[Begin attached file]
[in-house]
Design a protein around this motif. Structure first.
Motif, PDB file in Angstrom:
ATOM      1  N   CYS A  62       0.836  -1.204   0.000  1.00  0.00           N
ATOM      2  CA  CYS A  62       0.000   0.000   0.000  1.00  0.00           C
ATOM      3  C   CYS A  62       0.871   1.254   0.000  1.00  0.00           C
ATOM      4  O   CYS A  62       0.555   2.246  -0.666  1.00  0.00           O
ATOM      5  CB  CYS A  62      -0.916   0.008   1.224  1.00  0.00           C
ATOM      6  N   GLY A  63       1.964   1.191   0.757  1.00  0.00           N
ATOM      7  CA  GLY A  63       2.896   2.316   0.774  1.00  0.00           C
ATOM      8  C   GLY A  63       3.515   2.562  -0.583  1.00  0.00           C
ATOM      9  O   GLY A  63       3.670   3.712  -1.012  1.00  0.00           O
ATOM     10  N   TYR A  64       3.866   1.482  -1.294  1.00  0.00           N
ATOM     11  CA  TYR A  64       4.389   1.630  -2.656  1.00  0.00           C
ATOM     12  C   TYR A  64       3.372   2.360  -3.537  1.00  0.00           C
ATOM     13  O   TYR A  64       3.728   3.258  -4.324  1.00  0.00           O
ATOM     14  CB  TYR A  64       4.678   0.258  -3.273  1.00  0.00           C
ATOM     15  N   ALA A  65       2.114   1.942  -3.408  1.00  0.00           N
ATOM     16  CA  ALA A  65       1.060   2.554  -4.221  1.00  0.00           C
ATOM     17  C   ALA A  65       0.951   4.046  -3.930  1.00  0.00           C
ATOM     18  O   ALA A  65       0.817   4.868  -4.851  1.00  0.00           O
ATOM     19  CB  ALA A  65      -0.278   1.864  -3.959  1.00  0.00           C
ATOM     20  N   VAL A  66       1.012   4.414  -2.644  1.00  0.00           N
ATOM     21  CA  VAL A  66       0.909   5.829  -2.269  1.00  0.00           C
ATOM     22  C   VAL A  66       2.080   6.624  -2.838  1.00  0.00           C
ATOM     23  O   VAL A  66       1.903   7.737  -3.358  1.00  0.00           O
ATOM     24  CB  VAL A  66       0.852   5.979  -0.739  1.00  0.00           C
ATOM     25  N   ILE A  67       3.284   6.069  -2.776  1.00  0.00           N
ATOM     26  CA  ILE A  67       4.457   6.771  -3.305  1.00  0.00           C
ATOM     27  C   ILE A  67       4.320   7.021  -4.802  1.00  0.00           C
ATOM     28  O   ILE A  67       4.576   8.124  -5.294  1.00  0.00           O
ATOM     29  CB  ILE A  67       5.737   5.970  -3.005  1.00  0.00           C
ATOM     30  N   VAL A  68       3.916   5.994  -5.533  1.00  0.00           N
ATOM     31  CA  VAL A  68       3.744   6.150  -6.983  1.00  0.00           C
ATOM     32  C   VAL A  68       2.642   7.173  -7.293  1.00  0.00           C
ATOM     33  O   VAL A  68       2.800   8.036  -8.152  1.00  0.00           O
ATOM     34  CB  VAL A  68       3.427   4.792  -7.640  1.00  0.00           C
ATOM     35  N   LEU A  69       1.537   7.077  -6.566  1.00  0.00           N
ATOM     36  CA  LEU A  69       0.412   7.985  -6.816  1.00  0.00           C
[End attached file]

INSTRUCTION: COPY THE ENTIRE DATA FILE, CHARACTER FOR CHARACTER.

[in-house]
Design a protein around this motif. Structure first.
Motif, PDB file in Angstrom:
ATOM      1  N   CYS A  62       0.836  -1.204   0.000  1.00  0.00           N
ATOM      2  CA  CYS A  62       0.000   0.000   0.000  1.00  0.00           C
ATOM      3  C   CYS A  62       0.871   1.254   0.000  1.00  0.00           C
ATOM      4  O   CYS A  62       0.555   2.246  -0.666  1.00  0.00           O
ATOM      5  CB  CYS A  62      -0.916   0.008   1.224  1.00  0.00           C
ATOM      6  N   GLY A  63       1.964   1.191   0.757  1.00  0.00           N
ATOM      7  CA  GLY A  63       2.896   2.316   0.774  1.00  0.00           C
ATOM      8  C   GLY A  63       3.515   2.562  -0.583  1.00  0.00           C
ATOM      9  O   GLY A  63       3.670   3.712  -1.012  1.00  0.00           O
ATOM     10  N   TYR A  64       3.866   1.482  -1.294  1.00  0.00           N
ATOM     11  CA  TYR A  64       4.389   1.630  -2.656  1.00  0.00           C
ATOM     12  C   TYR A  64       3.372   2.360  -3.537  1.00  0.00           C
ATOM     13  O   TYR A  64       3.728   3.258  -4.324  1.00  0.00           O
ATOM     14  CB  TYR A  64       4.678   0.258  -3.273  1.00  0.00           C
ATOM     15  N   ALA A  65       2.114   1.942  -3.408  1.00  0.00           N
ATOM     16  CA  ALA A  65       1.060   2.554  -4.221  1.00  0.00           C
ATOM     17  C   ALA A  65       0.951   4.046  -3.930  1.00  0.00           C
ATOM     18  O   ALA A  65       0.817   4.868  -4.851  1.00  0.00           O
ATOM     19  CB  ALA A  65      -0.278   1.864  -3.959  1.00  0.00           C
ATOM     20  N   VAL A  66       1.012   4.414  -2.644  1.00  0.00           N
ATOM     21  CA  VAL A  66       0.909   5.829  -2.269  1.00  0.00           C
ATOM     22  C   VAL A  66       2.080   6.624  -2.838  1.00  0.00           C
ATOM     23  O   VAL A  66       1.903   7.737  -3.358  1.00  0.00           O
ATOM     24  CB  VAL A  66       0.852   5.979  -0.739  1.00  0.00           C
ATOM     25  N   ILE A  67       3.284   6.069  -2.776  1.00  0.00           N
ATOM     26  CA  ILE A  67       4.457   6.771  -3.305  1.00  0.00           C
ATOM     27  C   ILE A  67       4.320   7.021  -4.802  1.00  0.00           C
ATOM     28  O   ILE A  67       4.576   8.124  -5.294  1.00  0.00           O
ATOM     29  CB  ILE A  67       5.737   5.970  -3.005  1.00  0.00           C
ATOM     30  N   VAL A  68       3.916   5.994  -5.533  1.00  0.00           N
ATOM     31  CA  VAL A  68       3.744   6.150  -6.983  1.00  0.00           C
ATOM     32  C   VAL A  68       2.642   7.173  -7.293  1.00  0.00           C
ATOM     33  O   VAL A  68       2.800   8.036  -8.152  1.00  0.00           O
ATOM     34  CB  VAL A  68       3.427   4.792  -7.640  1.00  0.00           C
ATOM     35  N   LEU A  69       1.537   7.077  -6.566  1.00  0.00           N
ATOM     36  CA  LEU A  69       0.412   7.985  -6.816  1.00  0.00           C